Flat Feet In Dogs – How To Treat it?


Dogs can be found in a wide range of forms, dimensions, hues, and characteristics. It should come as no surprise that they have a variety of foot problems, including flat feet.

In dogs, genetic predisposition or trauma are the main causes of flat feet. Carpal subluxation is the term for the first condition, and carpal hyperextension is the term for the second. Depending on how severe the condition is, flat feet can be treated with medication, splinting of the affected legs, or even surgery.

This article discusses dog flat feet, available treatments, and other information should be aware regarding this condition. Let’s start!

Different Types Of Dog Feet

It’s not surprising that dogs have a variety of different foot types given the wide range of colors, shapes, and sizes that they come in. Mother Nature evidently didn’t feel like giving dogs a standard set of paws would be sufficient. While some foot types are desired by owners of pedigree dogs because they adhere to the breed standard, other types are highly undesirable because they are viewed as major flaws.

Canines have their own set of issues, just like people are susceptible to conditions that can be debilitating, like fallen arches or plantar fasciitis.

You don’t need to own a pedigree breed or judge dog shows to learn about dog feet. This quick guide will introduce you to some common and uncommon paw types found on dogs all over the world.

1. Cat Feet

I am aware of what you may be thinking, but dogs do not have retractable claws. A dog with a cat foot simply has a neat, round paw with high-arched toes that are tightly joined, according to the American Kennel Club. This type of foot is nicely rounded, compact, and, as the name suggests, remarkably similar to those found in cats.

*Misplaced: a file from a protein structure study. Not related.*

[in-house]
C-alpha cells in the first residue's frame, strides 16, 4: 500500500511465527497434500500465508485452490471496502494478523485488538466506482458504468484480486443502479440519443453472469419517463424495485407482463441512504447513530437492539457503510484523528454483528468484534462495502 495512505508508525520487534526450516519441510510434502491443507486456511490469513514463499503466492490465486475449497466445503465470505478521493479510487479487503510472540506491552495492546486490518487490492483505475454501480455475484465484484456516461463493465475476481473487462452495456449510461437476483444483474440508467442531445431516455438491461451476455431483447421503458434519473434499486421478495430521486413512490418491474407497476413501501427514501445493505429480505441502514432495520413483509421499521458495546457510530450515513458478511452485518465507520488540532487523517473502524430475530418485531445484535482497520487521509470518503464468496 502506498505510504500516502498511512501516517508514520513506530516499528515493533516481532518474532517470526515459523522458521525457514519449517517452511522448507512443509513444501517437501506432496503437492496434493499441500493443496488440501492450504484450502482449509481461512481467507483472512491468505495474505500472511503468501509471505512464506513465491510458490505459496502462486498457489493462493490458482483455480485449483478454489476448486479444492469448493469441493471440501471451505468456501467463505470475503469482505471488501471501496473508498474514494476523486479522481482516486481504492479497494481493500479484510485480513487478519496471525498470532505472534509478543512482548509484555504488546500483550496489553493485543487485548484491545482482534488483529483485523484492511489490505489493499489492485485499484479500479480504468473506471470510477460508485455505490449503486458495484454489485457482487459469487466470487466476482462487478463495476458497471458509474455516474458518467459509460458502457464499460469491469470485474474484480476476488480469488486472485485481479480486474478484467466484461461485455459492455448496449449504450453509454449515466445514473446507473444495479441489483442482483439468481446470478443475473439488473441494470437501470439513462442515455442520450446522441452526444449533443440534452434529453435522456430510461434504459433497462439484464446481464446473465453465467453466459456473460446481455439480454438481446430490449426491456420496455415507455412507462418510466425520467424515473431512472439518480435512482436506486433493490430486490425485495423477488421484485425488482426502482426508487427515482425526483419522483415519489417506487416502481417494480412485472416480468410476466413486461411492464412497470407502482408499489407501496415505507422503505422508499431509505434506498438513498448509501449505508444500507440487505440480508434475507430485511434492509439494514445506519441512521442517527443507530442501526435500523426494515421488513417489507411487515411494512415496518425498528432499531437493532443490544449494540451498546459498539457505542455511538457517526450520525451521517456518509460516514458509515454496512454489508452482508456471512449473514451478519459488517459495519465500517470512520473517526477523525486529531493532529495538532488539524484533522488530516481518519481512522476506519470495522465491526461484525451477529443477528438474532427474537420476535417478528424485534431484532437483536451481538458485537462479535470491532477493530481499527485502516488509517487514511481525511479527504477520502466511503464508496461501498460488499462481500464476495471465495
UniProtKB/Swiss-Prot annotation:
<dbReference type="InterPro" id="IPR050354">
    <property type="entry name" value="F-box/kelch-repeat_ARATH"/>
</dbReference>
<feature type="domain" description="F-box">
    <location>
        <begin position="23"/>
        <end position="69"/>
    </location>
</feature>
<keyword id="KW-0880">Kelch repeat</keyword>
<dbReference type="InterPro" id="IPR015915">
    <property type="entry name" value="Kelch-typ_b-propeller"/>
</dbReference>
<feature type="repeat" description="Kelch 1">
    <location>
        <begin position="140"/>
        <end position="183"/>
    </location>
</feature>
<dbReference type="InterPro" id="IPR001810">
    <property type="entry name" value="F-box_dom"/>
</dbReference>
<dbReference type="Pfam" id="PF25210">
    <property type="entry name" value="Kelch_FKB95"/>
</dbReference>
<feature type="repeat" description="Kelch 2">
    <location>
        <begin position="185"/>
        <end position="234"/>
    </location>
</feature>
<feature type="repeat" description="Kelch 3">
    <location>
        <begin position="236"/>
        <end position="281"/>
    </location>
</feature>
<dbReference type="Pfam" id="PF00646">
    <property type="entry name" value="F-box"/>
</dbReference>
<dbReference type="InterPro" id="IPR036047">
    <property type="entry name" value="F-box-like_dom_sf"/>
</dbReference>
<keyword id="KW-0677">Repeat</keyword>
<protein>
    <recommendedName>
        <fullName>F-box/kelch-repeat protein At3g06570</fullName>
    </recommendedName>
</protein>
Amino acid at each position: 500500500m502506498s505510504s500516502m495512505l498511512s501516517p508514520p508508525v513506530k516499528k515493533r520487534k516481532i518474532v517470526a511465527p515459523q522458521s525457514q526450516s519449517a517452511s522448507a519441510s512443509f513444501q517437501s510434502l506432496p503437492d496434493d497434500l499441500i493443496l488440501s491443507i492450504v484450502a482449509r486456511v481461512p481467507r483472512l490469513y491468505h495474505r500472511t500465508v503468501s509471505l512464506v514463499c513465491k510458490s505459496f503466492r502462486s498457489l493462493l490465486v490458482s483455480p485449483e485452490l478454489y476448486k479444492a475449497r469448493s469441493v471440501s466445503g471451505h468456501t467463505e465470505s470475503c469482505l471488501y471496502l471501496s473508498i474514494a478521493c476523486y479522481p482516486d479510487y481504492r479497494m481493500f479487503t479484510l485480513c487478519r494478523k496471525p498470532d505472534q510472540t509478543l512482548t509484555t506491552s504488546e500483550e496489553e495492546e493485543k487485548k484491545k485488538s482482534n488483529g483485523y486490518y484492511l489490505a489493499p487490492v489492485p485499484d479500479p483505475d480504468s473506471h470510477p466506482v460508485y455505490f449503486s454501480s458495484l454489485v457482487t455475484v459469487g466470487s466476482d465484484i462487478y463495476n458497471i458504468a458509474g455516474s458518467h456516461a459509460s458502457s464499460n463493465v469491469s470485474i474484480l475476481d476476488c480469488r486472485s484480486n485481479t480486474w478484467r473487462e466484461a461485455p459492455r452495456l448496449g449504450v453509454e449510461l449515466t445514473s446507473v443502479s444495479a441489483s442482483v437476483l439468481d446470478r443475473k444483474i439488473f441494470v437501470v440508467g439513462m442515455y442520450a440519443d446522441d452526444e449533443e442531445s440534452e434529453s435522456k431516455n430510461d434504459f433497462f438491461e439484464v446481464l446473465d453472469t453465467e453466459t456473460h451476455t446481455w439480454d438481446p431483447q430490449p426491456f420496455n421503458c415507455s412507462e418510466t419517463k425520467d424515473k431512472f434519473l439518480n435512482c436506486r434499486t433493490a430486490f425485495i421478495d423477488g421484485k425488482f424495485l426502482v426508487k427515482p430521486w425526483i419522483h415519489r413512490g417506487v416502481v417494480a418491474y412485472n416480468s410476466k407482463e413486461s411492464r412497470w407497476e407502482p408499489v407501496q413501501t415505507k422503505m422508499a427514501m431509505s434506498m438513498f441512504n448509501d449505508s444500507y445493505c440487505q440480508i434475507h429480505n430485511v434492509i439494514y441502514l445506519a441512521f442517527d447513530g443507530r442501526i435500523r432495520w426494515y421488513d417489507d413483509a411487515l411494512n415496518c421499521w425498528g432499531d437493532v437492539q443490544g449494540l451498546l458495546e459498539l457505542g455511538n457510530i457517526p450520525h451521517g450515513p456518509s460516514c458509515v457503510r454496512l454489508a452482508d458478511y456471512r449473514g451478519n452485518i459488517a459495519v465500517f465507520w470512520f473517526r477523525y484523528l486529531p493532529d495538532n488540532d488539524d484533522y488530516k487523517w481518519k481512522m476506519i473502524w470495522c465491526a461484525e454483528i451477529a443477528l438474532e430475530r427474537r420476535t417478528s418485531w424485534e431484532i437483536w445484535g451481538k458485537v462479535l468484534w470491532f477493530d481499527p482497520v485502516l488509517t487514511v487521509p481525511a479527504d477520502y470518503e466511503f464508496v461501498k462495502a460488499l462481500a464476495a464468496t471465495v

Because they require less energy to lift off the ground thanks to their short third digital bones, these paws help increase a dog’s endurance. When dogs walk on uneven terrain, they also provide a firm grip and aid in preventing injuries.

Therefore, working dogs that are bred to have strong endurance in the field frequently have paws that resemble cats. Cat feet can either be a very desirable characteristic or a serious flaw, depending on the breed.

2. Hare Feet

The American Kennel Club describes this kind of paw as having two center toes that are longer than the outside and inside toes. The dog’s feet look longer than average because the toes don’t arch as much.

These paws have long third digital bones that require more energy to move than cat feet because, as the name suggests, they resemble the feet of a hare. They do, however, have the benefit of moving more quickly. Because of this, many dogs with hare-like feet have been selectively bred to run at high speeds for brief periods of time.